Korean Classic Cinemas are Cultural Properties of Modern Times

Published on website: April 11, 2012
Categories: Archiving , The StoryBoard Blog
The Korean Film Archive

Written by Bong-Young Kim
Head of Film Conservation Center, Korean Film Archive
Translated with permission from the Korean Film Archive

Movies document the culture and awareness of contemporary times and such recognition, elevates the cultural value of movies.

Back in February, Turning Point of the Youngsters, by Jong-Hwa Ahn (1934) was registered as a cultural property in Korea. This is the eighth classical film registered as cultural property, all of which are securely kept in the Korean Film Archive.

Let’s take a look at how we started with movies as cultural properties, now that Turning Point of the Youngsters has been registered as one of the valued cultural properties.

Process of registering cine films as cultural properties

I received an email from the secretariat of International Federation of Film Archives (FIAF) based in Brussels, Belgium at the end of 2001, asking me to endorse Metropolis, a German-made silent movie produced in 1927, as a World Heritage Property to the World Heritage Committee who was holding a conference in Cheongju, Korea.

Implications of turning cine films into cultural properties

During that time, the Korean government was likewise engaged in efforts to have Jikjisimgyeong, the second volume of "Anthology of Great Buddhist Priests' and Seungjeongwon Ilgi, the “Diaries of the Royal Secretariat”, registered as World Heritage Properties. All three cultural properties Metropoli, Jikjisimgyeong and Seungjeongwon Ilgi were successfully registered as official UNESCO Memory of the World Register, and made headlines in the film industry in Korea and abroad.

Similar to the UNESCO project, Korea has a ‘Cultural Properties Registration’ system, designed to protect and preserve cultural heritage of modern times.

I received another call from the Cultural Properties Administration in 2006, to discuss the registration of movable assets in modern times as cultural properties with Hong-Jun Yoo, Administrator of the Cultural Heritage Administration of Korea and Hyo-In Lee, former Director of the Korean Film Archive.

The fact that cine films are turning into world cultural properties carries huge symbolic meaning. It is encouraging to know that Korean classical cinemas are recognized for their artistic and social value and that the Korean Film Archive is upgraded to an institute similar to world cultural properties.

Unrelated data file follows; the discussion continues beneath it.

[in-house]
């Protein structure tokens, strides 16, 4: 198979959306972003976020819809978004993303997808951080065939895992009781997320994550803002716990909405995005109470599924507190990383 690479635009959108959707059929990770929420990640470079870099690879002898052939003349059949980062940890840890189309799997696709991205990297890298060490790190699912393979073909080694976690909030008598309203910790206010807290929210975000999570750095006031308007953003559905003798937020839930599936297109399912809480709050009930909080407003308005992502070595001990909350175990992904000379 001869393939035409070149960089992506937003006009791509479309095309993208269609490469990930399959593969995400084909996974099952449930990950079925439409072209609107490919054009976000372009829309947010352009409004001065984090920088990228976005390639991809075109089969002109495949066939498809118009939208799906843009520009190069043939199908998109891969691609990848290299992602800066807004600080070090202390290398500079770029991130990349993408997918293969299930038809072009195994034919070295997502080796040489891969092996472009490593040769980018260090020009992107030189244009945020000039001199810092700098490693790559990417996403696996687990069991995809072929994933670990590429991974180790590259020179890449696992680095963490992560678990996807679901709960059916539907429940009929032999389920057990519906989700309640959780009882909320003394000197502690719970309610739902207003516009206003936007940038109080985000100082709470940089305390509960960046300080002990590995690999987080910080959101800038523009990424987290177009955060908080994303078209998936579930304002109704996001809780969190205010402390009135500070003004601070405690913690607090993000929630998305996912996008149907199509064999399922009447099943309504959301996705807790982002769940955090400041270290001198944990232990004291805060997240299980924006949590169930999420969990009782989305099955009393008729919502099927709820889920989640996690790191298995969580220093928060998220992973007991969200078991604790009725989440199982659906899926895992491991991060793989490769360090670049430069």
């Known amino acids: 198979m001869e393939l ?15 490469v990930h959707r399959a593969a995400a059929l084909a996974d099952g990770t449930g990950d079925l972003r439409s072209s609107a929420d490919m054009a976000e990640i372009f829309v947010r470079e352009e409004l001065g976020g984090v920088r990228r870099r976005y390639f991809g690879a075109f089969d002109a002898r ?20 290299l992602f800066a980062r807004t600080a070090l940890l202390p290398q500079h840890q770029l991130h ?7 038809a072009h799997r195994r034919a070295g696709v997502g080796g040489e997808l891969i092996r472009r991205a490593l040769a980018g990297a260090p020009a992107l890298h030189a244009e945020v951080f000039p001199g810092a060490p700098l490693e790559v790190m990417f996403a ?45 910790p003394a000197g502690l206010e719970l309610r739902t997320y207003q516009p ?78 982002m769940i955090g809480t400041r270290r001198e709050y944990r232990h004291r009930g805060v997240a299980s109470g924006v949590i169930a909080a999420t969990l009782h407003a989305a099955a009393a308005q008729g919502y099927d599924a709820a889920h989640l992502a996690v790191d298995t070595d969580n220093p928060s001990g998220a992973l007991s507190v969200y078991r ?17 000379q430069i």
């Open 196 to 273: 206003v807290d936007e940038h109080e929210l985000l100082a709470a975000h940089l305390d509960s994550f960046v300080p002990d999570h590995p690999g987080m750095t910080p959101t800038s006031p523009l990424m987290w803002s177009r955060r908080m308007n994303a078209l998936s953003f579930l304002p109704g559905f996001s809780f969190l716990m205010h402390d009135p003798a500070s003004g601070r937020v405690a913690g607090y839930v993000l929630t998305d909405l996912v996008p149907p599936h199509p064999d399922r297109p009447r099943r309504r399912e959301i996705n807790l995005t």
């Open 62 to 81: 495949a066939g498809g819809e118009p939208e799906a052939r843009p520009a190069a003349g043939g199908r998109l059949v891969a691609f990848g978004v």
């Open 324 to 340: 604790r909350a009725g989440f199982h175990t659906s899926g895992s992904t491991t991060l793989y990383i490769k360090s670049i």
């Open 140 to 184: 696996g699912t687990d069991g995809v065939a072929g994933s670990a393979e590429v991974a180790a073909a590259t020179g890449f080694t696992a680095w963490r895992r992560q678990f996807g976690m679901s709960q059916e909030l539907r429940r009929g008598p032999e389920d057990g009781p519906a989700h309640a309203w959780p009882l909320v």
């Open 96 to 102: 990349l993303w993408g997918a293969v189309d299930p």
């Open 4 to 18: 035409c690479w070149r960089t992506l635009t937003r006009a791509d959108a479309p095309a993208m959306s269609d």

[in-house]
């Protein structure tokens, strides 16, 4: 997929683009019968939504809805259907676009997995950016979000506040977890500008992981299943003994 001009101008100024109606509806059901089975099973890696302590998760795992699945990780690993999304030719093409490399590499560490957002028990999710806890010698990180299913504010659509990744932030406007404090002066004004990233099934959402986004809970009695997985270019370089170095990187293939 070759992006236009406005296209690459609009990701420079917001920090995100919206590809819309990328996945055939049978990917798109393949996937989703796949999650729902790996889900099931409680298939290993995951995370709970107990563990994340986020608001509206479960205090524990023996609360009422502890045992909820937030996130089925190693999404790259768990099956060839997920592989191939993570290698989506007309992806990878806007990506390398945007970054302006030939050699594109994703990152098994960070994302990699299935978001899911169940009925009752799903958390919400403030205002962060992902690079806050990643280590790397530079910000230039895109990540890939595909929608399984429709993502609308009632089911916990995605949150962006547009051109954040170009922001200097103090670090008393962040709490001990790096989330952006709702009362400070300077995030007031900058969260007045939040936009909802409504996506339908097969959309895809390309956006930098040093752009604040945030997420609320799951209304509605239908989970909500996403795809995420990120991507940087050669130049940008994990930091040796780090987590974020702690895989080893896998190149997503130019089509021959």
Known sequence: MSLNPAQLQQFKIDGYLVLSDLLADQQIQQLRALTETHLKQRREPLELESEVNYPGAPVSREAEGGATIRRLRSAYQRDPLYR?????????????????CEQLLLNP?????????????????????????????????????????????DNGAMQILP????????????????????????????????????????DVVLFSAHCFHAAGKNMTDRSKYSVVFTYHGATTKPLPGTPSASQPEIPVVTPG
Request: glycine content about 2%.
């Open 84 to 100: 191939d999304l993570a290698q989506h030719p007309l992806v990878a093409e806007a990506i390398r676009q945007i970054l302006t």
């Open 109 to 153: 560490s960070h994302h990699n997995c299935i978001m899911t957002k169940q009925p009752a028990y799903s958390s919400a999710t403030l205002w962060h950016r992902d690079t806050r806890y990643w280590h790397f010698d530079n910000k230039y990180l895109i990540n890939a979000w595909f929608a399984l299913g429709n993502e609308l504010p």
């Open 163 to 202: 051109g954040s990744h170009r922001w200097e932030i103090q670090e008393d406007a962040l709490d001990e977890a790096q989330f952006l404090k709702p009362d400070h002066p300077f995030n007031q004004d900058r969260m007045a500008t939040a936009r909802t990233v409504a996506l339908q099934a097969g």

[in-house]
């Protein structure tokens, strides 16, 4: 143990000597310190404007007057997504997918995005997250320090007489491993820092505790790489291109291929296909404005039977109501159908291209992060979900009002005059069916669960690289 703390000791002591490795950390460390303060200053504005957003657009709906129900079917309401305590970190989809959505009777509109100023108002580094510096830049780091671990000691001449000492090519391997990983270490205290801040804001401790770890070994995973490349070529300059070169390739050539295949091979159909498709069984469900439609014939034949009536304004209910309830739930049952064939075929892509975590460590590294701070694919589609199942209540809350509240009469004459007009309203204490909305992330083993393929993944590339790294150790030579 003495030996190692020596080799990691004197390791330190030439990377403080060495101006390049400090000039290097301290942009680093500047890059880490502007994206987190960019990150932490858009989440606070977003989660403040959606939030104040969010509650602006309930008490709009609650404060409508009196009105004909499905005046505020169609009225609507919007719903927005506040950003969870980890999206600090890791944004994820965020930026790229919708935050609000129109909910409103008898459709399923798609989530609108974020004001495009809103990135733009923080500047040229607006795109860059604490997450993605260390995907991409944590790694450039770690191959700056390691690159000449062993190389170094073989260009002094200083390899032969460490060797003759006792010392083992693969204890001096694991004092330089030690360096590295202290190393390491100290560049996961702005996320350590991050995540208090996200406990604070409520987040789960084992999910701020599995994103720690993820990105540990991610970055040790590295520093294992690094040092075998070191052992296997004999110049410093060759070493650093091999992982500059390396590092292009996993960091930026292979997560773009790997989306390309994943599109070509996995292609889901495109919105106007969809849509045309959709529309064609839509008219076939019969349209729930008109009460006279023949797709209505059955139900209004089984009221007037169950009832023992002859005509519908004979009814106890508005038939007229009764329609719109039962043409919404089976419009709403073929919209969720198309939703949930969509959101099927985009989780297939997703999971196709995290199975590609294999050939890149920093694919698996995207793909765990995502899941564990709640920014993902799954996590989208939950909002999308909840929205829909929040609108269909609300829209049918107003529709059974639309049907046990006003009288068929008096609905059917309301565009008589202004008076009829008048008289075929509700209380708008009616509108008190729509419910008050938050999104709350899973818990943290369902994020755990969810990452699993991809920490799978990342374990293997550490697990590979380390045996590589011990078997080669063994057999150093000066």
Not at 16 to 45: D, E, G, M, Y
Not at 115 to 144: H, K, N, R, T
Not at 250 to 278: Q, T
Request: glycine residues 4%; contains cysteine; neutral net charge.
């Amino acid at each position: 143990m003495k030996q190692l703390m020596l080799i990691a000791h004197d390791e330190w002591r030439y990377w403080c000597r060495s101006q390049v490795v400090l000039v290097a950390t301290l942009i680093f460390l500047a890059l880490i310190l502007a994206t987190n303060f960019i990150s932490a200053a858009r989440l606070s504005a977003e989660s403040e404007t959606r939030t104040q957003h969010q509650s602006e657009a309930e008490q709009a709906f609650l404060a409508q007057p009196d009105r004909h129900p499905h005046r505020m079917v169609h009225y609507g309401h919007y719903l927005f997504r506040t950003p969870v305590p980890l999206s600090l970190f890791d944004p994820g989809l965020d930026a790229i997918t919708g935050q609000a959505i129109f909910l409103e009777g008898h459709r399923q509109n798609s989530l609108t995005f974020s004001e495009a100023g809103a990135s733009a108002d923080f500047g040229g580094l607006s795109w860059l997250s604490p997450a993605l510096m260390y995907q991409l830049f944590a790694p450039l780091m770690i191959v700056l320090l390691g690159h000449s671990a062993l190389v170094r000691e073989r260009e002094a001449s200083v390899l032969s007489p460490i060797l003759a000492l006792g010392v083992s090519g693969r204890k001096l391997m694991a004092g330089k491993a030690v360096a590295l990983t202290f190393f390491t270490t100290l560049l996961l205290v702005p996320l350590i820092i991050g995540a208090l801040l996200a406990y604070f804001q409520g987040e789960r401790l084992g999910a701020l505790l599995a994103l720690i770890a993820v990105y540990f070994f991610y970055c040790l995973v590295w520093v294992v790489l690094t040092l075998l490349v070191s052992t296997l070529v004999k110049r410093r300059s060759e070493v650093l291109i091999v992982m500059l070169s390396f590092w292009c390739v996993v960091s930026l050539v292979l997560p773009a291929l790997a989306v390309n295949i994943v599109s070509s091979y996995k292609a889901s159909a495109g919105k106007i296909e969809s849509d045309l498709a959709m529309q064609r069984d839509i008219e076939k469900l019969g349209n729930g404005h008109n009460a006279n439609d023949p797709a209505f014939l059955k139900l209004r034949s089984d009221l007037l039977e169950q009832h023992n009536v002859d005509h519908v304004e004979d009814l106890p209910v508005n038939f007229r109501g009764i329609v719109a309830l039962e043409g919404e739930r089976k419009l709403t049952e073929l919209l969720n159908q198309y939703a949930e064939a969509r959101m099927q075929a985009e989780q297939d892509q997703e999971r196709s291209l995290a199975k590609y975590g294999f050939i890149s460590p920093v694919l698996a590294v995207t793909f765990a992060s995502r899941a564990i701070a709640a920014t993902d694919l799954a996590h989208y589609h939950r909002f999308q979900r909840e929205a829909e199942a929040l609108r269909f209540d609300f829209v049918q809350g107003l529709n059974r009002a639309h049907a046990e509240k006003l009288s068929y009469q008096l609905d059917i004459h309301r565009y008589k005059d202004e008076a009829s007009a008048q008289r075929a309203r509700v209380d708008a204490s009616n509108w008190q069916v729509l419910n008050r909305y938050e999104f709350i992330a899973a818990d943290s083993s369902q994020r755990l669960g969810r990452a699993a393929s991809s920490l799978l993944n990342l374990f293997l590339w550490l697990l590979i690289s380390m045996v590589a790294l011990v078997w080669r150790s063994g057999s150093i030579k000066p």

The Cultural Properties Administration believes that a successful registration process of classical domestic cinemas as world cultural properties would raise public awareness of the project.

Challenging but rewarding process of registering cine films as cultural properties

It was extremely challenging to implement the project. First, we had to come up with the standards against which the cine films were evaluated for, during registration. It was followed by a number of lengthy procedures and demanding requirements of relevant laws and regulations. This process allowed us to engage in serious debates regarding the evaluation criteria and registration procedures. Members of the Cultural Properties Committee and key figures in the film industry also met to assess the value of the cinemas selected as candidates. Finally, a public hearing was held in May 2007 on the registration of Korean classical movies as cultural properties of the National Palace Museum of Korea. The hearing was considered a major event and was extensively covered by media. A total of seven Korean classical movies, including Sweet Dream (1936) were registered as Modern Cultural Properties in June 2007. The Cultural Properties Administration secured a budget to protect registered cultural properties, which was an extra bonus of the worthwhile project.

For more information on Korean Film Archive visit http://www.koreafilm.or.kr/  

The Translator’s Notes: Please refer to descriptions in the Official Site of Korea Tourism Org. Jikjisimgyeong, a Buddhist scripture, was printed with the world's first movable metal type http://english.visitkorea.or.kr/enu/CU/CU_EN_8_5_8_1.jsp

Seungjeongwon ilgi or Diary of the Royal Secretariat is a daily record of Seungjeongwon, Royal Secretariat during the Joseon Dynasty of Korea (1392 - 1910) http://english.visitkorea.or.kr/enu/CU/CU_EN_8_5_8_2.jsp

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